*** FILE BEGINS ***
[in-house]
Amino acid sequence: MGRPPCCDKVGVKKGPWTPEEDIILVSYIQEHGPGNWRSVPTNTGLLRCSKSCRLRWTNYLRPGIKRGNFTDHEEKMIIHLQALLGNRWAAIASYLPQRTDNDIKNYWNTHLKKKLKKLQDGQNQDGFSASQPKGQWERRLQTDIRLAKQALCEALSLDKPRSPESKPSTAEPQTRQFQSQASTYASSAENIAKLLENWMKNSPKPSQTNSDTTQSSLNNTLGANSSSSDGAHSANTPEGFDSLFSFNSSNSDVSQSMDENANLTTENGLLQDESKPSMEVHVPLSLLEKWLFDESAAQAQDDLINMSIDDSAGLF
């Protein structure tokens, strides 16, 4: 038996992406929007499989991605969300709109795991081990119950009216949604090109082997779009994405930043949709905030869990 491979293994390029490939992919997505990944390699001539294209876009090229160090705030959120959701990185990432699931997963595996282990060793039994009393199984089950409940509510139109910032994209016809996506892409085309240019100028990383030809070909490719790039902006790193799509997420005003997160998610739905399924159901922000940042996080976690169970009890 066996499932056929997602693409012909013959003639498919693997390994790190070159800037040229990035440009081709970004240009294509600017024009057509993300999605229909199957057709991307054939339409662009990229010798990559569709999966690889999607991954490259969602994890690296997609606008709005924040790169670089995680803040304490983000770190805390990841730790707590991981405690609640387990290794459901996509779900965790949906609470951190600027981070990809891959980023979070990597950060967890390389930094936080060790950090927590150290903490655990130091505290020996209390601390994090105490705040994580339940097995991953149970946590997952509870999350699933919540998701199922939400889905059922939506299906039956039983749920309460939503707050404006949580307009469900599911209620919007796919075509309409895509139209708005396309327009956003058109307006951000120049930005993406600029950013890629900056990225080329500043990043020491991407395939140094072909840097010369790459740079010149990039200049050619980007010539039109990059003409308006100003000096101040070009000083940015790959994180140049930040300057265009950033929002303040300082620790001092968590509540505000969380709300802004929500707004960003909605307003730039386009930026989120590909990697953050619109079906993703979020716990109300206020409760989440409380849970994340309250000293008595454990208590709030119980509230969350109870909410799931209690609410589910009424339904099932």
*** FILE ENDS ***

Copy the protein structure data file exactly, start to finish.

[in-house]
Amino acid sequence: MGRPPCCDKVGVKKGPWTPEEDIILVSYIQEHGPGNWRSVPTNTGLLRCSKSCRLRWTNYLRPGIKRGNFTDHEEKMIIHLQALLGNRWAAIASYLPQRTDNDIKNYWNTHLKKKLKKLQDGQNQDGFSASQPKGQWERRLQTDIRLAKQALCEALSLDKPRSPESKPSTAEPQTRQFQSQASTYASSAENIAKLLENWMKNSPKPSQTNSDTTQSSLNNTLGANSSSSDGAHSANTPEGFDSLFSFNSSNSDVSQSMDENANLTTENGLLQDESKPSMEVHVPLSLLEKWLFDESAAQAQDDLINMSIDDSAGLF
């Protein structure tokens, strides 16, 4: 038996992406929007499989991605969300709109795991081990119950009216949604090109082997779009994405930043949709905030869990 491979293994390029490939992919997505990944390699001539294209876009090229160090705030959120959701990185990432699931997963595996282990060793039994009393199984089950409940509510139109910032994209016809996506892409085309240019100028990383030809070909490719790039902006790193799509997420005003997160998610739905399924159901922000940042996080976690169970009890 066996499932056929997602693409012909013959003639498919693997390994790190070159800037040229990035440009081709970004240009294509600017024009057509993300999605229909199957057709991307054939339409662009990229010798990559569709999966690889999607991954490259969602994890690296997609606008709005924040790169670089995680803040304490983000770190805390990841730790707590991981405690609640387990290794459901996509779900965790949906609470951190600027981070990809891959980023979070990597950060967890390389930094936080060790950090927590150290903490655990130091505290020996209390601390994090105490705040994580339940097995991953149970946590997952509870999350699933919540998701199922939400889905059922939506299906039956039983749920309460939503707050404006949580307009469900599911209620919007796919075509309409895509139209708005396309327009956003058109307006951000120049930005993406600029950013890629900056990225080329500043990043020491991407395939140094072909840097010369790459740079010149990039200049050619980007010539039109990059003409308006100003000096101040070009000083940015790959994180140049930040300057265009950033929002303040300082620790001092968590509540505000969380709300802004929500707004960003909605307003730039386009930026989120590909990697953050619109079906993703979020716990109300206020409760989440409380849970994340309250000293008595454990208590709030119980509230969350109870909410799931209690609410589910009424339904099932």